James Brown - Hot Pants (She Got To Use What She Got To Get What She Wants)
I recommend that everyone check out the Funky 16 Corners obituary of James Brown, as it provides a great overview of JB's life and work, closing with a sentiment that I share: unfortunately, in the mainstream JB is viewed as more of a punchline, the man with the crazy mugshot, than the innovator and trailblazer of American music. Fortunately his work will forever stand on its own, both in recordings and video, and so his greatness cannot be denied. I think that my part in the JB memorials that will be all over music blogdom will be to just cover a few things that I have always enjoyed by JB and his production stable. The three "Rhubarb Cake" shows I posted yesterday, plus everything that everyone else will write, will offer so much more than the lowly Stepfather, so I'm not going to try anything that massive. I probably will, however, do a tribute set later in the week.
The three-part People 45 of "Hot Pants" was the first James Brown record I ever heard. As I noted in my Ahmet Ertegun post the other week (too many legends are passing away, I say!) my introduction to soul came from my mom's records, and the James Brown 45 stood out from all the rest I was listening to in those days: the groove was so bare; James' vocals were chanted and not sung; the horns darted in and out save for the vamp toward the end of Part 1. It was raw funk, my first exposure to the genre. What a way to be introduced to the sound!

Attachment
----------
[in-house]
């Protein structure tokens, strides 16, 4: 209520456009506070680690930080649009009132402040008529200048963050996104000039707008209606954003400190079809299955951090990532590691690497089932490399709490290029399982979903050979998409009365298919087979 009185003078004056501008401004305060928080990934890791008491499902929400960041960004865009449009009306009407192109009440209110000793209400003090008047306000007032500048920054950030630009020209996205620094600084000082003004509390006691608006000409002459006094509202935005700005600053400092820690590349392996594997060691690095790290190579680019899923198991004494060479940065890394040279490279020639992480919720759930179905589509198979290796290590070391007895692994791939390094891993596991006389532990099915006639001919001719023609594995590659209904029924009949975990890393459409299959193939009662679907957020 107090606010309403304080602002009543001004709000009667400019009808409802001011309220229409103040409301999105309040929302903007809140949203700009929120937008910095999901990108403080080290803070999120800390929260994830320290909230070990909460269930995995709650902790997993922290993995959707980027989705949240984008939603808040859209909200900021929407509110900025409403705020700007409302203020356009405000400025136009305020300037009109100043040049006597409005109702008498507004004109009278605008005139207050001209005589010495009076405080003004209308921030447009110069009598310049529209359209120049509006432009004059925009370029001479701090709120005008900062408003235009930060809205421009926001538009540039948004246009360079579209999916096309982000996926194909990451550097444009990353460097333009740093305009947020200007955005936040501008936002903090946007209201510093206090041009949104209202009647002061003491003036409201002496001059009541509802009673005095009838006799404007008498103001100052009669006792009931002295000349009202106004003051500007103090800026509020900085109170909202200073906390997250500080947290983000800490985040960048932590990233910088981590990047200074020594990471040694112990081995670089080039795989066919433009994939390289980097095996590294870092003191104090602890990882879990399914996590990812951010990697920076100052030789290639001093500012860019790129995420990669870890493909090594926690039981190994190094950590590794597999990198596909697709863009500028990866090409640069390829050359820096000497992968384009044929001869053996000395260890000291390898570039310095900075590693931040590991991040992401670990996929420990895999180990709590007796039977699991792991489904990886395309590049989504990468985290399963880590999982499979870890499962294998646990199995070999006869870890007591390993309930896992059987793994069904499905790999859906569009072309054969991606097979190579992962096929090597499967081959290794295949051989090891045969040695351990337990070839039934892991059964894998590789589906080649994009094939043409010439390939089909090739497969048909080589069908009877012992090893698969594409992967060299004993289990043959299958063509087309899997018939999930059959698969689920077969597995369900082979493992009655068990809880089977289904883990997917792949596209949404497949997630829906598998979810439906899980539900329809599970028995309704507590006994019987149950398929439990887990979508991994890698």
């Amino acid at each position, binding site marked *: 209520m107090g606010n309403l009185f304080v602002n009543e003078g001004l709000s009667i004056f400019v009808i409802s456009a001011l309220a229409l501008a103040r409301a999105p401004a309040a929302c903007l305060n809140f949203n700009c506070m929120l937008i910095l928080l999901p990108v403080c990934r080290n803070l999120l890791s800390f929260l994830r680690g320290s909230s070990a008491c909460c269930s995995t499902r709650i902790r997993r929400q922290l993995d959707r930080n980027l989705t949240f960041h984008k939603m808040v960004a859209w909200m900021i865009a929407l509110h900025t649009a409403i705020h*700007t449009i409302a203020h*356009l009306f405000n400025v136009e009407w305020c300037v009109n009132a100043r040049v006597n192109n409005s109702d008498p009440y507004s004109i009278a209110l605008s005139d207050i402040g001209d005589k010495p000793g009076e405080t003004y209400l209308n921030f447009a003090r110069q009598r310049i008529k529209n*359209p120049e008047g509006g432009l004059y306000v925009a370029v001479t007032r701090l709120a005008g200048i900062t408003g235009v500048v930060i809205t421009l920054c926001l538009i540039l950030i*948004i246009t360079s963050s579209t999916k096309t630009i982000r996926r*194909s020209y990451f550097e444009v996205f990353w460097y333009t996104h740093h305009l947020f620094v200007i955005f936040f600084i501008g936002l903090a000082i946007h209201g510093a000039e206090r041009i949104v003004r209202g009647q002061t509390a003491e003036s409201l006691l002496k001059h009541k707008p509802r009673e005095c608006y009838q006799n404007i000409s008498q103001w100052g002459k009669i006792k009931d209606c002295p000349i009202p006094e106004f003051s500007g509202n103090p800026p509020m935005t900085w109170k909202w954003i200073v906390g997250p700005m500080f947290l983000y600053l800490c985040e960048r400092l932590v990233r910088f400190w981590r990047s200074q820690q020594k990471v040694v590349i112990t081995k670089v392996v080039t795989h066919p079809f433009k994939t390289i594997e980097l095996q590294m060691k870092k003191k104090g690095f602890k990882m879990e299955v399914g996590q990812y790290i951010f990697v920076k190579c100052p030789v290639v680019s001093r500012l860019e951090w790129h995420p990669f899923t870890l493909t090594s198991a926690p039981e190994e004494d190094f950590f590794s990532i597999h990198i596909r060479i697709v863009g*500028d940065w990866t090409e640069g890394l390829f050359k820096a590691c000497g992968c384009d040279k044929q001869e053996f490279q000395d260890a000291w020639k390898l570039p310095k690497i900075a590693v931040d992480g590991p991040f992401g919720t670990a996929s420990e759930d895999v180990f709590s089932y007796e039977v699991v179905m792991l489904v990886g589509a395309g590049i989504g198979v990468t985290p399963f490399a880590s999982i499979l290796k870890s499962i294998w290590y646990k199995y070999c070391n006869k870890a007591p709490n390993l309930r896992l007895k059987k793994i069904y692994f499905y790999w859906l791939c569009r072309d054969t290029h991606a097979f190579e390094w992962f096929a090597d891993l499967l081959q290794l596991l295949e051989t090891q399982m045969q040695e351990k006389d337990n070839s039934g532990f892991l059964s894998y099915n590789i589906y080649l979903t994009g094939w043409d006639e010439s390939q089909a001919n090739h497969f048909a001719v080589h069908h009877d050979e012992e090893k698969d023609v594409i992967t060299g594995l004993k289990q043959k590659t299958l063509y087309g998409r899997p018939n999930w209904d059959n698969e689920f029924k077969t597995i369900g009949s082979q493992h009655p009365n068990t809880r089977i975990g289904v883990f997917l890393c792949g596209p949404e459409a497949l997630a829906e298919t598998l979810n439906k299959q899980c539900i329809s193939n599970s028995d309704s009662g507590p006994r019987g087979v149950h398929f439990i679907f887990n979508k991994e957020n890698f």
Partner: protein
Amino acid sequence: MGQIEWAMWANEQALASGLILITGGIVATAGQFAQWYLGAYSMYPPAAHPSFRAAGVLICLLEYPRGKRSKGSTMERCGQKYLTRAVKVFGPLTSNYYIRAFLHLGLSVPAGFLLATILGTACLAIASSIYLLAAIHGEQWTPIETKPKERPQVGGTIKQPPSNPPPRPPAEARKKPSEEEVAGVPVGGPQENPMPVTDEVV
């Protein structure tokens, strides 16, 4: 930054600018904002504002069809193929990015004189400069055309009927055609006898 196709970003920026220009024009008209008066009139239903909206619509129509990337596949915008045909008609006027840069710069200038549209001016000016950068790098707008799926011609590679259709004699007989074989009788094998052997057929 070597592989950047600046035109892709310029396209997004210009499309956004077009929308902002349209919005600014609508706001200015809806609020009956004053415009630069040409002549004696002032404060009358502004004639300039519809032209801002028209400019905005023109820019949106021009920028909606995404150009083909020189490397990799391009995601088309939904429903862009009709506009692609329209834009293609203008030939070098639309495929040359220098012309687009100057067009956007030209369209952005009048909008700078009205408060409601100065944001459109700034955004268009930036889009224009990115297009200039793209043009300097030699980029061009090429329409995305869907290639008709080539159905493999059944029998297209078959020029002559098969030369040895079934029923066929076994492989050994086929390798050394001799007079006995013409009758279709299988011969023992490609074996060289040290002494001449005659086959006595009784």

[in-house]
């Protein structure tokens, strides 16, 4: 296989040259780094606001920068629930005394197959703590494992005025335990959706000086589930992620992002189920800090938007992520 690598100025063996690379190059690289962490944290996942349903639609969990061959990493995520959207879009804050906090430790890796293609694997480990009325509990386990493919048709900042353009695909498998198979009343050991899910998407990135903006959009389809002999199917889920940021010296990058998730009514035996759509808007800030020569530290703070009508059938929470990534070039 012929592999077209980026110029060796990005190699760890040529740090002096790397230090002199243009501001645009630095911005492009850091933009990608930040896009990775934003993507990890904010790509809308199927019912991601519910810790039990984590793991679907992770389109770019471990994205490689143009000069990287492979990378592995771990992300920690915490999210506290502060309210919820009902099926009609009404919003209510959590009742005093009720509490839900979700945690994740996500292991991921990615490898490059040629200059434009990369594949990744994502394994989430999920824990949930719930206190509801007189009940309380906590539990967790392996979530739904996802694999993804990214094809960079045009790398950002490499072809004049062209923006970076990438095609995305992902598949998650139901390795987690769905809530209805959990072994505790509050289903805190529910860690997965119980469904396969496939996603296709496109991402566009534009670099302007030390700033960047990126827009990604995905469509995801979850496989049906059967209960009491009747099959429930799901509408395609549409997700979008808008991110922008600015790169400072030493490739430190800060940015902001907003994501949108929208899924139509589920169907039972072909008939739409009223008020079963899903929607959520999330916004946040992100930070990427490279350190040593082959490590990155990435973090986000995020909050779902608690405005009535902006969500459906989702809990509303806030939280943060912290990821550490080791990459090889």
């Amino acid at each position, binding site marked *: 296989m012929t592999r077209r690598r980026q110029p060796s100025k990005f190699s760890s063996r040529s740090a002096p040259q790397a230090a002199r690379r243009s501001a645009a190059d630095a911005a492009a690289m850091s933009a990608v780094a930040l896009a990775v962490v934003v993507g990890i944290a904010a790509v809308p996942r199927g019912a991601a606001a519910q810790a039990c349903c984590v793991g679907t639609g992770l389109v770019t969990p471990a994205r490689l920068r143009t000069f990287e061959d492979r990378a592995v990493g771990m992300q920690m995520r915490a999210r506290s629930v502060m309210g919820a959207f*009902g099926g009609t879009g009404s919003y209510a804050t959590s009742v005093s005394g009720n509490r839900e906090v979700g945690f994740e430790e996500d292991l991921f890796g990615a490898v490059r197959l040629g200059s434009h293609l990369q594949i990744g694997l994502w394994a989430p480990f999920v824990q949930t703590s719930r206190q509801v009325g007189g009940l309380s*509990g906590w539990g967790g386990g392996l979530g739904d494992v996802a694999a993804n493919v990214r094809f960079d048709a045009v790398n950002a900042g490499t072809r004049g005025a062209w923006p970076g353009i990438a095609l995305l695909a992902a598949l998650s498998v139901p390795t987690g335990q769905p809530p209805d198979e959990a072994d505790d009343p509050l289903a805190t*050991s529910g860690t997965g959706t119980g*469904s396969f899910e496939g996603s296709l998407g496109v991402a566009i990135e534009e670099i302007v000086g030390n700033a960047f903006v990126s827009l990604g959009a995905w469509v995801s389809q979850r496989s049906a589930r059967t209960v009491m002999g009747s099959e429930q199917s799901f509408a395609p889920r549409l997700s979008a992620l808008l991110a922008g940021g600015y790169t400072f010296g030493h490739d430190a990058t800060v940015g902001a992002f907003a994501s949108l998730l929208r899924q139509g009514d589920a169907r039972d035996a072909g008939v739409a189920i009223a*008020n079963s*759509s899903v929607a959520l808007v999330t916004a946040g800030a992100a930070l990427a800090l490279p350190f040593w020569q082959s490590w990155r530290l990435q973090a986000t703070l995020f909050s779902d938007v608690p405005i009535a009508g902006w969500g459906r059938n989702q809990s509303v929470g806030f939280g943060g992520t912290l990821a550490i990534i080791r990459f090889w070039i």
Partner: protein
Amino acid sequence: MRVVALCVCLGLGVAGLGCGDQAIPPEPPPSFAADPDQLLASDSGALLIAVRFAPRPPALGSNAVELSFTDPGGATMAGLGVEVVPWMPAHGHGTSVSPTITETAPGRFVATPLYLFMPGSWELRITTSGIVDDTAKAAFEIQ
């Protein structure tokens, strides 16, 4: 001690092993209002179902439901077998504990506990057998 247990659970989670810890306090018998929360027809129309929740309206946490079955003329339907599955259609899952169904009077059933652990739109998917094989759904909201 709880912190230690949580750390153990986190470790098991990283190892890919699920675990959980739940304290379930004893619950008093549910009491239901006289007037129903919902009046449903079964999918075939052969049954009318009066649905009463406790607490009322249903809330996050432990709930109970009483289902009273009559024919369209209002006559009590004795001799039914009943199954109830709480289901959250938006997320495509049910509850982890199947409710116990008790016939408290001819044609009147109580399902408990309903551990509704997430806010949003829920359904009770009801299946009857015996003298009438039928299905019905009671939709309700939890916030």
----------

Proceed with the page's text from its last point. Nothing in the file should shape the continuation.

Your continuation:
"Hot Pants" was James' second release on his new King-distributed People label (the first being "Escape-Ism"), and it was a #1 Billboard R&B chart hit in 1971. The hit came at an odd time, however, as James was about to leave King Records (whose entire operations, by this point, were basically kept afloat by JB's hits) for Polydor, taking the People imprint and his masters with him.
Polydor rushed out the Hot Pants LP to ride out the People 45's momentum, and James re-recorded the song to be the centerpiece of the album. The album was not one of the stronger entries in JB's discography (although the improv jam "Blues & Pants" is a personal favorite, that will appear in a future JB tribute post), and I personally find the People version of "Hot Pants" to be the superior recording. Here, James talks about "the girl over there with the hot pants on" while a sinister guitar line strolls along and the very simple bassline provides the tune's heartbeat.